But whether it's worth the risk or not; only you can answer that question, and depends on how comfortable you are with whatever method/platform you use to buy your card. If you're buying in-person and are comfortable dealing with people, with the confidence to ask all the necessary questions and decent sense of awareness to sus out a suspicious seller who may try lying to your face - I'd say go for it.




Good Prices for Used NVIDIA RTX 2000 GPUs

Since they're a popular buy on the used market, if you're wondering what a fair used price is to pay for the last-gen NVIDIA RTX 20 series, here are my ballpark recommendations based on their performance relative to the latest (but expensive) RTX 3000 cards. When buying a used GPU, there's nothing wrong going further back in time and picking up an old GTX 1000 series card if the price is juicy, but ideally you want to stick to the current or previous generation so that you get your hands on modern tech. The more recent the card, the more power efficient, the higher the likelihood of it still being under warranty, and the higher resale value it'll have should you decide to sell it later.

  • Buying a Used RTX 2080 Ti? Don't pay more than $550 USD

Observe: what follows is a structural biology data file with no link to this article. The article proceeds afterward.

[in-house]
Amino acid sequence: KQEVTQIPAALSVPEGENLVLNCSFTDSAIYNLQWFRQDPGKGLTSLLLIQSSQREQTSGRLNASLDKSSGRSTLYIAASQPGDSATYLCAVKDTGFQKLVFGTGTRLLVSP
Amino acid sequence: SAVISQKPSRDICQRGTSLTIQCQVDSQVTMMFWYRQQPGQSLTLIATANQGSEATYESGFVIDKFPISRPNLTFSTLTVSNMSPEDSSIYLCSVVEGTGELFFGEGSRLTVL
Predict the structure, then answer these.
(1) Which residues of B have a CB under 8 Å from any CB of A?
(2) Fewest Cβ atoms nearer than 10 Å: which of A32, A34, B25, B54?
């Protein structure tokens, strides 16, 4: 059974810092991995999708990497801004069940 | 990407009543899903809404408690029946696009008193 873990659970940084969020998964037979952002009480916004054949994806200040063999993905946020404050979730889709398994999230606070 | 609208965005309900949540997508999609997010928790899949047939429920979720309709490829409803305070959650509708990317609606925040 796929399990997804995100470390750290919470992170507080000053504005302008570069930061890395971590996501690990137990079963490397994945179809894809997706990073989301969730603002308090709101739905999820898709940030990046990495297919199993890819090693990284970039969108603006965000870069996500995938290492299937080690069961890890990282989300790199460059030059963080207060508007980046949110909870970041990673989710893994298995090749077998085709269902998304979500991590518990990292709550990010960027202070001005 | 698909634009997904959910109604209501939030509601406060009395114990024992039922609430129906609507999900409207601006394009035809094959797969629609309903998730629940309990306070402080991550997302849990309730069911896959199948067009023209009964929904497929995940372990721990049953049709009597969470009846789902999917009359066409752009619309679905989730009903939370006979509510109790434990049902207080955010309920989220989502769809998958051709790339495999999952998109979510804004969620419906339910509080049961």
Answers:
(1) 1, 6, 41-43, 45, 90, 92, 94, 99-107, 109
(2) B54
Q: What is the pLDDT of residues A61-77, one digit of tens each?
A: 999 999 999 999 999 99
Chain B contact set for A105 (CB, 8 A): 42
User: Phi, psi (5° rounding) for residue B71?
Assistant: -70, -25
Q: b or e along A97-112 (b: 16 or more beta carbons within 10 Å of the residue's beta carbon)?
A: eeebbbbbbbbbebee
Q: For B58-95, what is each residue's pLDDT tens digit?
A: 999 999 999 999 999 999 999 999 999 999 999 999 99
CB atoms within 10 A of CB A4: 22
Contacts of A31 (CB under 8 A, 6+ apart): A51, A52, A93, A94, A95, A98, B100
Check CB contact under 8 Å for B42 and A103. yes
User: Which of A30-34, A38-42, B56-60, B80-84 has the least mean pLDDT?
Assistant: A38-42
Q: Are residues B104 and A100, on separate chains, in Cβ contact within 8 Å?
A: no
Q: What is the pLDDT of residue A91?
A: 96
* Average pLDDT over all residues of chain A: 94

• Buying a Used RTX 2080 Super? Don't pay more than $450 USD
  • Buying a Used RTX 2080? Don't pay more than $425 USD
  • Buying a Used RTX 2070 Super? Don't pay more than $400 USD
  • Buying a Used RTX 2070? Don't pay more than $350 USD
  • Buying a Used RTX 2060 Super? Don't pay more than $350 USD

Nothing wrong paying a bit more than these prices if you can't be bothered waiting too long to snag a solid deal, but these are the maximum prices I'd personally pay if I were buying these models.



Good Prices for Used AMD RX 5000 GPUs

AMD's most recent RX 5700 and 5700 XT cards are good overall value for money buys, so here's a general guideline on what a fair used price would be right now considering the new RTX 30 series launch and the fact that new AMD GPUs will release later this later (RDNA2, AKA Big Navi). As for the RX 570 or 580, those cards are getting quite old now and I would personally avoid buying them used, besides also being a higher chance of being a mined card (they're still fine to buy new at the right price though for budget builds).

  • Buying a Used RX 5700? Don't pay more than $325
  • Buying a Used RX 5700 XT? Don't pay more than $350


Tips to Buying a Used GPU (What to Look for & Ask)

Here's some basic things to keep in mind when hunting for used graphics cards if you perhaps don't have much (or any) experience with buying used tech. Just keep in mind that this, like the whole article, is simply my own opinion from experience (so take it or leave it, but I think it may be helpful if you're new to this). Also check out the used mining GPU buyer's guide as well for extra tips related to that.